Venus flytraps are an odd commodity in the plant kingdom since we humans are not generally accustomed to seeing plants engaging in predatory behavior.
Because of their animal nature, it is almost like taking care of live pets, which is why so many grow Venus flytraps. That only shows that plants are living creatures by producing toxins to guard themselves against predators and surviving like any other animal out there would.
Venus flytraps are great for reducing pests like flies and mosquitoes.
If your Venus flytrap has not fed in a while, be sure to feed your carnivorous plants every month. Flies are challenging to catch, so try raising maggots if you need to feed your Venus flytraps. Just layout any piece of meat or poultry and leave it out in the sun for flies to buzz by and lay their eggs. It sounds gross, but it is always a good idea to have a backup in case your plant is not getting enough to eat.
If raising maggots is not something that appeals to you, try buying maggots from your local fishing or hunting markets. Even though Venus flytraps have digestive enzymes to break down solid food, larvae are much easier for your flytraps to digest. To feed your Venus flytraps, try placing your plant outside when the night air permits it, and turn on your porch lights. The light will attract all sorts of insects, provide a feast for your Venus flytraps. Your Venus flytraps may be predators, but never feed your plants human food and if you have to feed your plants, be very careful with your fingers, especially if you are using tweezers. Their most active months are anywhere from May to October.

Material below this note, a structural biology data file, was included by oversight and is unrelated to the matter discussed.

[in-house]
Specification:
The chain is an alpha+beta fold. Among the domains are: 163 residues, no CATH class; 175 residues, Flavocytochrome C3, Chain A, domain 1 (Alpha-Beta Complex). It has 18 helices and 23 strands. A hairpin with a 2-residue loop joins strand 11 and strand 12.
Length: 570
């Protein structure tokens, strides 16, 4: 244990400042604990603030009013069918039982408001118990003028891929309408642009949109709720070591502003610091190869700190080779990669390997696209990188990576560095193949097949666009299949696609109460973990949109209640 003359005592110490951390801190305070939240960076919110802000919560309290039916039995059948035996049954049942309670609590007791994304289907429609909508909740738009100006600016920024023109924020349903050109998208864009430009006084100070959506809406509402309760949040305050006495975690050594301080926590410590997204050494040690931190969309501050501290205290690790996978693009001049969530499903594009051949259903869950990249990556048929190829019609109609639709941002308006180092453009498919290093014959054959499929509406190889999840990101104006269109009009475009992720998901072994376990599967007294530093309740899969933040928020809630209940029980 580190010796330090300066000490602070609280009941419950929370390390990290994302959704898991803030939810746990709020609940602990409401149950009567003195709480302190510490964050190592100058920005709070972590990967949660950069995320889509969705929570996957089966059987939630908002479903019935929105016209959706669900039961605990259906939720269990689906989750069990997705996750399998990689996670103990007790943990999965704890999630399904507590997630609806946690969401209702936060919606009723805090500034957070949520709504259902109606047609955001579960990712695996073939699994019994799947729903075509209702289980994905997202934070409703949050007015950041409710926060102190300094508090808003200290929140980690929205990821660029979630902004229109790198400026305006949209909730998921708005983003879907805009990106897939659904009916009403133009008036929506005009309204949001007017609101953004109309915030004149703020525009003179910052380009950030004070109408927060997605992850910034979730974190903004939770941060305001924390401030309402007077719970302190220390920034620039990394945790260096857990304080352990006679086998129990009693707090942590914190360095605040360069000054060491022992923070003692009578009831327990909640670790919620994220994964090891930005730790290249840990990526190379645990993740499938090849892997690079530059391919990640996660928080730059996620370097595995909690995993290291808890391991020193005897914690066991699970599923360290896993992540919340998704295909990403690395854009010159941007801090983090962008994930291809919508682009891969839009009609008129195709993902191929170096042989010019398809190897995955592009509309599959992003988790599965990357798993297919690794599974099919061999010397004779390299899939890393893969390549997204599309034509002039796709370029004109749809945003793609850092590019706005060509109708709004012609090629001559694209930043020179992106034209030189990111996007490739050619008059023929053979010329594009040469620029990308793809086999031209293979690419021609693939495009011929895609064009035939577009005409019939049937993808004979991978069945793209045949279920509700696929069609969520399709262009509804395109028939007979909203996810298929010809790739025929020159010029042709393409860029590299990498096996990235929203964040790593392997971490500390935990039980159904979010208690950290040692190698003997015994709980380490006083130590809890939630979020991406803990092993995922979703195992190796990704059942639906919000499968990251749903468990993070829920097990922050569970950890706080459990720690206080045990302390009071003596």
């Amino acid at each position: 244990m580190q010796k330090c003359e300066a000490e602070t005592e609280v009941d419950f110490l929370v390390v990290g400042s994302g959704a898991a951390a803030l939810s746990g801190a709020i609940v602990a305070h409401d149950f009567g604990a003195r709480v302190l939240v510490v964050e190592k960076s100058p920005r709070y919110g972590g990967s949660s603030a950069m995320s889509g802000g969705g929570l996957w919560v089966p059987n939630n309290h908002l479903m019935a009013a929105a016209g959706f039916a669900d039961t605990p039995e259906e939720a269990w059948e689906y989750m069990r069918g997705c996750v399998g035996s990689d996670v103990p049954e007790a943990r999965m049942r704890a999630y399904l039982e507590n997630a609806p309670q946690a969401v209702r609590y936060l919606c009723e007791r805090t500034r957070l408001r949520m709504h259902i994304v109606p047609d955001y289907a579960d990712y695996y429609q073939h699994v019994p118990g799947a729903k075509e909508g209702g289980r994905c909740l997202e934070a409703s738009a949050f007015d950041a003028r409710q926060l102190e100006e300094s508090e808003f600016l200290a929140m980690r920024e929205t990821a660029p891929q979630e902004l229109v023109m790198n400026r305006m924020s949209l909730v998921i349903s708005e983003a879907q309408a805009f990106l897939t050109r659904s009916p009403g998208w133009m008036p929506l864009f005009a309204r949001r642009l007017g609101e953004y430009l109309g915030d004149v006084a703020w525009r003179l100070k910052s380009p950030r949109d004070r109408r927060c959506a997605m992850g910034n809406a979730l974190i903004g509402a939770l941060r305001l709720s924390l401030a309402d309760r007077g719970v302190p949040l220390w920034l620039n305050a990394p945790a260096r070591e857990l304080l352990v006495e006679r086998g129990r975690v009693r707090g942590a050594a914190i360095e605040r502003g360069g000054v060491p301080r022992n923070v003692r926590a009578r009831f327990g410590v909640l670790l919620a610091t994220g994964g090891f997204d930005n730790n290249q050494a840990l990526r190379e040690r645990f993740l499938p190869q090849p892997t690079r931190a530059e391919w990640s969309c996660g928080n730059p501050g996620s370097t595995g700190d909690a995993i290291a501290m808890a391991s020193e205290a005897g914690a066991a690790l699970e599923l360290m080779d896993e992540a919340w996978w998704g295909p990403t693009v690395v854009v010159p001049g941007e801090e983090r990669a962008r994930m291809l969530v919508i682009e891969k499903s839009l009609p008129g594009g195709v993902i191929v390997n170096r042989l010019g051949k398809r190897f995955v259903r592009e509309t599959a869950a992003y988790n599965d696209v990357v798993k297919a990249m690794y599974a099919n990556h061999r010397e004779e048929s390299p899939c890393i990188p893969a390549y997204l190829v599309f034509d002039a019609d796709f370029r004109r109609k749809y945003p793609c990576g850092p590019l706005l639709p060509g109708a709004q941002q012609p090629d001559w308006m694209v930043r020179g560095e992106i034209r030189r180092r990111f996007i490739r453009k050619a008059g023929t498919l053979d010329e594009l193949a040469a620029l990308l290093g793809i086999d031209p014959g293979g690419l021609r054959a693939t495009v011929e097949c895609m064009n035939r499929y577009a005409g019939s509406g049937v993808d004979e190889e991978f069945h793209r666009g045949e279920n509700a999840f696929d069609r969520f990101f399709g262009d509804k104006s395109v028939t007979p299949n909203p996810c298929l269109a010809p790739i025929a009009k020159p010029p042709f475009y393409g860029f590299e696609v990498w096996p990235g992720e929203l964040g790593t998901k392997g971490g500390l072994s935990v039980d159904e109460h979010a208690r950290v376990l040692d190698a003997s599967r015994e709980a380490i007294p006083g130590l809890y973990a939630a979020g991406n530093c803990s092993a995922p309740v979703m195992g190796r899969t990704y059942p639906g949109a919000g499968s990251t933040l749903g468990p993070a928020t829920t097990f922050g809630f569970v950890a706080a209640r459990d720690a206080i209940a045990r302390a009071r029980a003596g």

To grow Venus flytraps, you need lower-quality soil with some form of acidity. Go to your local nursery to get seeds or bulbs, whichever stage you would like to start growing Venus flytraps. Keep Venus flytraps in half shade and half sunlight. Only expose developing Venus flytraps to a few hours of direct sunlight. Be sure to prune regularly and cut off dead leaves and stems that may hamper growth. Be sure you know pruning methods before trimming your plants, and be especially careful with tools you use, so you don’t harm your Venus flytraps. Water your plants regularly and be sure to keep them from the cold and harsh winds; the winter is when they are dormant. Keep them inside during the winter and ensure the temperature in your house is from the mid-forties to the early nineties; Venus flytraps prefer those temperatures. Venus flytraps are pretty adaptable to most temperatures. Go by the not too hot, not too cold method. Venus Flytraps are exciting plants to grow and require less maintenance than other plants. All they need is the essential elements that plants need to survive, and when it comes to food, they can pretty much fend for themselves.
Source of Information on Venus Flytraps